Prints and drawings have been keenly collected in Europe since at least the early sixteenth century. Relatively modest in price, they offered artists, amateurs and collectors of a systematic turn of mind the opportunity to put together holdings with a wide representation of different hands, schools and types of subject. Prints and drawings are traditionally treated separately, but their collecting is shown here to raise many interrelated issues. Employing a wide range of methodologies, the essays in this volume offer a number of innovative investigations into the collecting, perception, classication and display of works on paper.
|Publisher:||Taylor & Francis|
|Product dimensions:||6.25(w) x 9.25(h) x 25.00(d)|
Table of Contents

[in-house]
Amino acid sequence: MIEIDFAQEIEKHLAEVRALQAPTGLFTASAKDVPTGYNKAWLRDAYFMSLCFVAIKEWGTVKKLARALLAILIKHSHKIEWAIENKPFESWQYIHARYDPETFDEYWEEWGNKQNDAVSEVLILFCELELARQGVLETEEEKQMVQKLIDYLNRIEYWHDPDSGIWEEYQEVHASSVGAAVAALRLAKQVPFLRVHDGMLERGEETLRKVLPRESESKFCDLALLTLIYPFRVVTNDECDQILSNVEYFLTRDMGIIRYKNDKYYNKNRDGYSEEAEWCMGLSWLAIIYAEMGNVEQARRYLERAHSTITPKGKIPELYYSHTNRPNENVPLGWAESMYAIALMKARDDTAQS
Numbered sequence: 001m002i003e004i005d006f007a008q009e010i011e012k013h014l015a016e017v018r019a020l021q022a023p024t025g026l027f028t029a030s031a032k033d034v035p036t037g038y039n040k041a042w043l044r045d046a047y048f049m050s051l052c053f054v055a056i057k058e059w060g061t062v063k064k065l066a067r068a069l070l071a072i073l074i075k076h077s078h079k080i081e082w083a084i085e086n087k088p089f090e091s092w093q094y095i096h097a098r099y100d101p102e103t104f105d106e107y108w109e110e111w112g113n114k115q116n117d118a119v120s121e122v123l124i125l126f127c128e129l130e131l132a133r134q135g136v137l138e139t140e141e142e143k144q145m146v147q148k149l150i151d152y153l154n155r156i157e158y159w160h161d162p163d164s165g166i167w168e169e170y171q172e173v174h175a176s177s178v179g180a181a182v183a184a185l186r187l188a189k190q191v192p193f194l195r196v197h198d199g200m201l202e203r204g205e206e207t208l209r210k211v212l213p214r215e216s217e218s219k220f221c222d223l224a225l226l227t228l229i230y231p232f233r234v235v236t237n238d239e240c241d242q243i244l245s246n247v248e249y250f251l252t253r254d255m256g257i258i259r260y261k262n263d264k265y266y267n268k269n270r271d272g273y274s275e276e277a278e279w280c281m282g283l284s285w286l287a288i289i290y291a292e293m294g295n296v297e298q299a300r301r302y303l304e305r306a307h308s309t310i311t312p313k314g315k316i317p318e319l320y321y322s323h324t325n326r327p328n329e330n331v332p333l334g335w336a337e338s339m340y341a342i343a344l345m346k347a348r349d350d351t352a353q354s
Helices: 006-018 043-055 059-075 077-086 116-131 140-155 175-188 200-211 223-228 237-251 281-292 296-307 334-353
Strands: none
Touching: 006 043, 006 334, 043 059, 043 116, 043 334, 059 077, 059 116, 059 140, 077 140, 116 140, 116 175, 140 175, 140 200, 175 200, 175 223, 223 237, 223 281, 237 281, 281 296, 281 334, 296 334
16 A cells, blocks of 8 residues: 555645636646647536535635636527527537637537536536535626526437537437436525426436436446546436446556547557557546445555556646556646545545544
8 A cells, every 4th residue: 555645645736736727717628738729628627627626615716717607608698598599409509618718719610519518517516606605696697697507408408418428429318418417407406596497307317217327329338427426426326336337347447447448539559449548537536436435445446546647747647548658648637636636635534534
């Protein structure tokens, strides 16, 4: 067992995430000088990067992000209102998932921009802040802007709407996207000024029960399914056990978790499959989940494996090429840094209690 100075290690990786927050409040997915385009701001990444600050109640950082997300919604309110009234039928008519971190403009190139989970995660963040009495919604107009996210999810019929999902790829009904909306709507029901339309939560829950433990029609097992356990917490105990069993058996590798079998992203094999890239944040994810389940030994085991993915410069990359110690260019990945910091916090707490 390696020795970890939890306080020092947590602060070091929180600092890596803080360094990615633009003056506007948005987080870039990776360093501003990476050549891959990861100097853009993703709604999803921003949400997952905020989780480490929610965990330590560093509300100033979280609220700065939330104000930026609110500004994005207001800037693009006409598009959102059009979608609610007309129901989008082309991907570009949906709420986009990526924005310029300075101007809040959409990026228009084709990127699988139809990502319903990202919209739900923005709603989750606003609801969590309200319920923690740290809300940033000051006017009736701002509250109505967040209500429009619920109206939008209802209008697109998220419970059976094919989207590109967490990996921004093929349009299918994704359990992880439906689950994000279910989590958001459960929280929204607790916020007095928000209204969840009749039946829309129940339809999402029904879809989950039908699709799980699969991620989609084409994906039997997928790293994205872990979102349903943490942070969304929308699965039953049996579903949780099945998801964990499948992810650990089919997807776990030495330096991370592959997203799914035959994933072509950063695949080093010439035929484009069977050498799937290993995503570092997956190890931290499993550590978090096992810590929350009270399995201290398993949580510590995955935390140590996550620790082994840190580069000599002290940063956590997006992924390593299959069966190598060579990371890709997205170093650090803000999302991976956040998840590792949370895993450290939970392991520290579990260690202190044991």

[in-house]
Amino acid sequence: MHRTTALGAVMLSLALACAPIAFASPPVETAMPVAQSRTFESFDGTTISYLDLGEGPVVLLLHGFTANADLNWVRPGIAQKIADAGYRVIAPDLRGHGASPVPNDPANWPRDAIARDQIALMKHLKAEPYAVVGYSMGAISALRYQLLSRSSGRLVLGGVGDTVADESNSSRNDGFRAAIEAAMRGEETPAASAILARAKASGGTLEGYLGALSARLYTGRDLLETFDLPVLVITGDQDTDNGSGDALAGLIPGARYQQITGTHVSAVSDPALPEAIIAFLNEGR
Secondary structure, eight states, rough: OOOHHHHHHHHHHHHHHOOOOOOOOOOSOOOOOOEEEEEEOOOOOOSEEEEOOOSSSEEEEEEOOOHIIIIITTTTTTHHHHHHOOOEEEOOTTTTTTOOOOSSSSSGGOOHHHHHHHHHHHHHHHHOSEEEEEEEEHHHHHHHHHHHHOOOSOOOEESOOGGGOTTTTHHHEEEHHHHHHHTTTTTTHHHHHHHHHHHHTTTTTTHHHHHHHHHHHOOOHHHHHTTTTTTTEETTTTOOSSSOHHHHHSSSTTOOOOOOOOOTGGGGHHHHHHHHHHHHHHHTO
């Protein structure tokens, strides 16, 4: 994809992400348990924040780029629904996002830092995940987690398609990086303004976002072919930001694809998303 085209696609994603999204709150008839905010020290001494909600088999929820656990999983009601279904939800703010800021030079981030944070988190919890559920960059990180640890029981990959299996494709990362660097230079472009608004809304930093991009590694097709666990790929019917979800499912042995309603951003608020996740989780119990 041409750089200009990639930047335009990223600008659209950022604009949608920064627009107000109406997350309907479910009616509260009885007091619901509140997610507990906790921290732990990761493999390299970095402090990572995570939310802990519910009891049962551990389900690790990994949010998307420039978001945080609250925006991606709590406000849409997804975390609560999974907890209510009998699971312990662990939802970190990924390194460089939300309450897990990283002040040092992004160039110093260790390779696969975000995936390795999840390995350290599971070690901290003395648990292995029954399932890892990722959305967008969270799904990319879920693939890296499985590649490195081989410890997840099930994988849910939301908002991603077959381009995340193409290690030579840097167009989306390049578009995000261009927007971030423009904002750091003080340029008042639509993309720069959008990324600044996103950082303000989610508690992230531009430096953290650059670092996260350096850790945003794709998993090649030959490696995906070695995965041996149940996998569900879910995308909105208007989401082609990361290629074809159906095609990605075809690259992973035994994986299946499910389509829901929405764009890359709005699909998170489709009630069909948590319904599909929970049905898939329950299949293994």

Contents: Introduction, Genevieve Warwick; The archaeology of the print, Antony Griffiths; The print collection of Ferdinand Columbus (1488-1539), David Landau; A Roman collector of the sixteenth century: Antonio Tronsarelli, Matteo Lafranconi; Giulio Mancini and the organisation of a print collection in early seventeenth-century Italy, Michael Bury; Nicholas Lanier (1558-1666) and the origins of drawing collecting in Stuart England, Jeremy Wood; Sir Peter Lely’s collection of prints and drawings, Diana Dethloff; Connoisseurship and the collection of drawings in Italy c.1700: the case of Padre Sebastiano Resta, Genevieve Warwick; 'A judiciously disposed collection': Jonathan Richardson Senior's cabinet of drawings, Carol Gibson-Wood; The drawings collection of Pierre Crozat, (1675-1740) Cordélia Hatton; The Italian Drawings Collection of Cavaliere Francesco Maria Niccolò Gabburri (1676-1742) Nicholas Turner; Bibliography; Index.